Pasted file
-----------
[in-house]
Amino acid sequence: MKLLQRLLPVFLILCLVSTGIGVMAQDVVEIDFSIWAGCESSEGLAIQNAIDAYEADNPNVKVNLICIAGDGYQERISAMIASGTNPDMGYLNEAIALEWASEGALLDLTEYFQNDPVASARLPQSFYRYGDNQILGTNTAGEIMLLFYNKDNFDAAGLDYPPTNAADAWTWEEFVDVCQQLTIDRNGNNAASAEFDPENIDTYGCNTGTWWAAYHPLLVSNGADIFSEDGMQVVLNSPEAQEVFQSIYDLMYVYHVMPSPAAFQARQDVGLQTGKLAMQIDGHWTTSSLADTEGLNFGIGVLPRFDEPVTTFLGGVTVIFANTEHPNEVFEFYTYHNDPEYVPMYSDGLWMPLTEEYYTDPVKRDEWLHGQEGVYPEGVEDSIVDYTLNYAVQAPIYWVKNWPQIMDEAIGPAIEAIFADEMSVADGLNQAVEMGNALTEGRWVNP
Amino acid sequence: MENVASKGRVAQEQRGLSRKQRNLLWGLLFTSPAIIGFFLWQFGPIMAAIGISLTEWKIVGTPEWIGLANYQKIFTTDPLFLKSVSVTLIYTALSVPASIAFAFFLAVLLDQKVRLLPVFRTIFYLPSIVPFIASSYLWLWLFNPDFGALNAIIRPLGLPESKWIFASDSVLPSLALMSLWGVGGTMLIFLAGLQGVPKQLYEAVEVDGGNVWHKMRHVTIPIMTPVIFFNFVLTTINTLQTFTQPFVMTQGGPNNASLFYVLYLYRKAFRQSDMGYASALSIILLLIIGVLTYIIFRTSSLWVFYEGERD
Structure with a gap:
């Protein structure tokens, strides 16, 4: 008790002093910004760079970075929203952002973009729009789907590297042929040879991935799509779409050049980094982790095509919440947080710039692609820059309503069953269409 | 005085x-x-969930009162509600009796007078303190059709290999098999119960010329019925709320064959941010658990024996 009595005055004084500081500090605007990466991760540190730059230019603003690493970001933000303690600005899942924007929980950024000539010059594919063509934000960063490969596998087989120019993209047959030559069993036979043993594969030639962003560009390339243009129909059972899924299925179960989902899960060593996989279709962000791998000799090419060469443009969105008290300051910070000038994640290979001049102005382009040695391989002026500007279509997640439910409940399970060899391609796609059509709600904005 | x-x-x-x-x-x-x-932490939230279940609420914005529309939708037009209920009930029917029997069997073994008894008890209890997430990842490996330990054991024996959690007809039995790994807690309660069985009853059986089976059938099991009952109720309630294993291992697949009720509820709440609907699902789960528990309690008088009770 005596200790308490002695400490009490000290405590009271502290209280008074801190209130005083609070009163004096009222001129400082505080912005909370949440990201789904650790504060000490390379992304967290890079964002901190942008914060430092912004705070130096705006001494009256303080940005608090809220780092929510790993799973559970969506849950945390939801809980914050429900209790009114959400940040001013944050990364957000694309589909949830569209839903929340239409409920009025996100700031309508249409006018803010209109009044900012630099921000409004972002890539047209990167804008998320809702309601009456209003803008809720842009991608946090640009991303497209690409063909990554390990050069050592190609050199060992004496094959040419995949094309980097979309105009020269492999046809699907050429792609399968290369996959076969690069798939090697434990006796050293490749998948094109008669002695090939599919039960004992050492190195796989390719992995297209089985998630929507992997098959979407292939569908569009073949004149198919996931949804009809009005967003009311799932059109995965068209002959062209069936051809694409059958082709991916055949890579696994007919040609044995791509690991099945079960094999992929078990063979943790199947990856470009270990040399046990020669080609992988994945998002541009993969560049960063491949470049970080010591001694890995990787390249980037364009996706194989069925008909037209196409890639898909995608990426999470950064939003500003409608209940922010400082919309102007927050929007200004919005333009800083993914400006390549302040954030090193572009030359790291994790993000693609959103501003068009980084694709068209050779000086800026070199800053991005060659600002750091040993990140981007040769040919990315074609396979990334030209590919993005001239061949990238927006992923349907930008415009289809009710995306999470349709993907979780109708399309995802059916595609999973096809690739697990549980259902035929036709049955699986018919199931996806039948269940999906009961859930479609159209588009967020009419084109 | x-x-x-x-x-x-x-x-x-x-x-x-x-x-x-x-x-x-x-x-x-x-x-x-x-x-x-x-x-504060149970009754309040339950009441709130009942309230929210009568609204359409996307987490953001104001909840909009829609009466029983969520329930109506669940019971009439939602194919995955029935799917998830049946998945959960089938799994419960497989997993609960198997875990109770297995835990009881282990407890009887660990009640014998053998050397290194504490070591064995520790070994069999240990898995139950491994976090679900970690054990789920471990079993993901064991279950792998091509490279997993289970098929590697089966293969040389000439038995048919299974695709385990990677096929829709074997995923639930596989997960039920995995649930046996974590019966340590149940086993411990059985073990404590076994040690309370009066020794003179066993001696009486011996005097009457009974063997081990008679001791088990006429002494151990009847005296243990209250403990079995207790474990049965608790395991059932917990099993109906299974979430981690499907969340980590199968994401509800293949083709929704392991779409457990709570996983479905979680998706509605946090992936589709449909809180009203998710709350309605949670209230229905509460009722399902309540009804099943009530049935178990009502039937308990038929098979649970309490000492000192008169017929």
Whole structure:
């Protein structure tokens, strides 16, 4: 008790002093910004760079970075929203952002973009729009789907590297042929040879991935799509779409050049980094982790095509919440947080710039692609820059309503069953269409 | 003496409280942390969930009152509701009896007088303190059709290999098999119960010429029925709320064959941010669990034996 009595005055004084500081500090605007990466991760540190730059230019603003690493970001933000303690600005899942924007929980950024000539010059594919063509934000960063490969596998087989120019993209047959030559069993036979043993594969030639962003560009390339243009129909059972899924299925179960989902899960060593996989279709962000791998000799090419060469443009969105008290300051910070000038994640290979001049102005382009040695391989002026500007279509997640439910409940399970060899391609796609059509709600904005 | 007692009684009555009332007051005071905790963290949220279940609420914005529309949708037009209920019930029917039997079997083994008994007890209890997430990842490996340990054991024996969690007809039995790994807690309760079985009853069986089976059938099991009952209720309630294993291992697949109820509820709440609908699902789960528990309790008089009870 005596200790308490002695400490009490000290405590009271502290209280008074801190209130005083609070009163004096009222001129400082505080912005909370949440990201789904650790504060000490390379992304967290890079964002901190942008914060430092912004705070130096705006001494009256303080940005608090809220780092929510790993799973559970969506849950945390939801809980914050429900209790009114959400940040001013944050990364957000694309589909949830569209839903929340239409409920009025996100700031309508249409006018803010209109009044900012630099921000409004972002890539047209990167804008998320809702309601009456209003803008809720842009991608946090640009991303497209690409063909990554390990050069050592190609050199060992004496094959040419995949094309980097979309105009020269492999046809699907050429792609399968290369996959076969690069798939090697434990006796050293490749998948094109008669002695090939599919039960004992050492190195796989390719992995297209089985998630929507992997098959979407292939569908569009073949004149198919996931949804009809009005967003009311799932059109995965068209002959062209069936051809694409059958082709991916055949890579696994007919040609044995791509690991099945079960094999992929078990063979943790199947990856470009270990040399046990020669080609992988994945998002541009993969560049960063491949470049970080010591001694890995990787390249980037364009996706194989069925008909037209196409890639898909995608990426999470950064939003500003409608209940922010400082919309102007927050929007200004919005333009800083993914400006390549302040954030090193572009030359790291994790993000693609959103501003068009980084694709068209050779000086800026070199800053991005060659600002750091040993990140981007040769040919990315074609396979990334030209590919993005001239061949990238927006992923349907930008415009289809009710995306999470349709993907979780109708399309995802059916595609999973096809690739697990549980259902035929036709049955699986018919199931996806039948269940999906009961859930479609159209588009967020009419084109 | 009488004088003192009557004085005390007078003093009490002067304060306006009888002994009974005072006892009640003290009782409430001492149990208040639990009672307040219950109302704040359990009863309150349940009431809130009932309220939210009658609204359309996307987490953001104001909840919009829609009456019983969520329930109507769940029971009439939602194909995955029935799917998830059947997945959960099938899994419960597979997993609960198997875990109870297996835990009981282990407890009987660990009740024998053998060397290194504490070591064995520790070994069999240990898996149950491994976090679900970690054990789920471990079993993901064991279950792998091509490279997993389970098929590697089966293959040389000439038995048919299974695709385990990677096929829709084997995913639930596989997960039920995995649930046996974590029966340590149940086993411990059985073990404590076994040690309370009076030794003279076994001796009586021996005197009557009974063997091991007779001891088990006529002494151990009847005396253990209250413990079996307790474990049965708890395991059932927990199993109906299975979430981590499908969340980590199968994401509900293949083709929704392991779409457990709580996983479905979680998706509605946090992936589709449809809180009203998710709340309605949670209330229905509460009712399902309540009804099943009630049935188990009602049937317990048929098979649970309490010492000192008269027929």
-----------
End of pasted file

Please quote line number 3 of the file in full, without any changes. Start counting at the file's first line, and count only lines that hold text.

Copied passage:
Amino acid sequence: MENVASKGRVAQEQRGLSRKQRNLLWGLLFTSPAIIGFFLWQFGPIMAAIGISLTEWKIVGTPEWIGLANYQKIFTTDPLFLKSVSVTLIYTALSVPASIAFAFFLAVLLDQKVRLLPVFRTIFYLPSIVPFIASSYLWLWLFNPDFGALNAIIRPLGLPESKWIFASDSVLPSLALMSLWGVGGTMLIFLAGLQGVPKQLYEAVEVDGGNVWHKMRHVTIPIMTPVIFFNFVLTTINTLQTFTQPFVMTQGGPNNASLFYVLYLYRKAFRQSDMGYASALSIILLLIIGVLTYIIFRTSSLWVFYEGERD